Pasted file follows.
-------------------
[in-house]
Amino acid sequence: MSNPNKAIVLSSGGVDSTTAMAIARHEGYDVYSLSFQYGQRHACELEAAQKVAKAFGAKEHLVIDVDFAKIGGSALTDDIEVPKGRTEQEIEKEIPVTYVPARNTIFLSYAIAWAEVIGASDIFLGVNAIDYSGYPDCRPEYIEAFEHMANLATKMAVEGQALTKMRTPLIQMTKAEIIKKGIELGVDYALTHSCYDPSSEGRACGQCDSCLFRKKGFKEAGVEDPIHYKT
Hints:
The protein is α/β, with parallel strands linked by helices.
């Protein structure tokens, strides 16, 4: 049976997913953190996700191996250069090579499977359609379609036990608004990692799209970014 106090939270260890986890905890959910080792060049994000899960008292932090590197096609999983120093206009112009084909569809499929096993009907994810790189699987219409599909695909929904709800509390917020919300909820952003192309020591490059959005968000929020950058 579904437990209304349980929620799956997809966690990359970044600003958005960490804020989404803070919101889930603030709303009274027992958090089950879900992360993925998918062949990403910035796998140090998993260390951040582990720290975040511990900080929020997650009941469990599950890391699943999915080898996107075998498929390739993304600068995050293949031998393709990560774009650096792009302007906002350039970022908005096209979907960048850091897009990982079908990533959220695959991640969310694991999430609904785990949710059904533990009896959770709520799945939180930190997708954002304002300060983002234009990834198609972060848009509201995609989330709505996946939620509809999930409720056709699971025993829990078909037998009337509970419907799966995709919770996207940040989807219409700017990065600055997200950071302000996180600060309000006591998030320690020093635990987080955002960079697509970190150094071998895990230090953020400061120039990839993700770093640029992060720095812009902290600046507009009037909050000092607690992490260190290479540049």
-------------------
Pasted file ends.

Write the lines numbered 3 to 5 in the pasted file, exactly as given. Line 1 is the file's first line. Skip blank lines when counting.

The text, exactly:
Hints:
The protein is α/β, with parallel strands linked by helices.
């Protein structure tokens, strides 16, 4: 049976997913953190996700191996250069090579499977359609379609036990608004990692799209970014 106090939270260890986890905890959910080792060049994000899960008292932090590197096609999983120093206009112009084909569809499929096993009907994810790189699987219409599909695909929904709800509390917020919300909820952003192309020591490059959005968000929020950058 579904437990209304349980929620799956997809966690990359970044600003958005960490804020989404803070919101889930603030709303009274027992958090089950879900992360993925998918062949990403910035796998140090998993260390951040582990720290975040511990900080929020997650009941469990599950890391699943999915080898996107075998498929390739993304600068995050293949031998393709990560774009650096792009302007906002350039970022908005096209979907960048850091897009990982079908990533959220695959991640969310694991999430609904785990949710059904533990009896959770709520799945939180930190997708954002304002300060983002234009990834198609972060848009509201995609989330709505996946939620509809999930409720056709699971025993829990078909037998009337509970419907799966995709919770996207940040989807219409700017990065600055997200950071302000996180600060309000006591998030320690020093635990987080955002960079697509970190150094071998895990230090953020400061120039990839993700770093640029992060720095812009902290600046507009009037909050000092607690992490260190290479540049």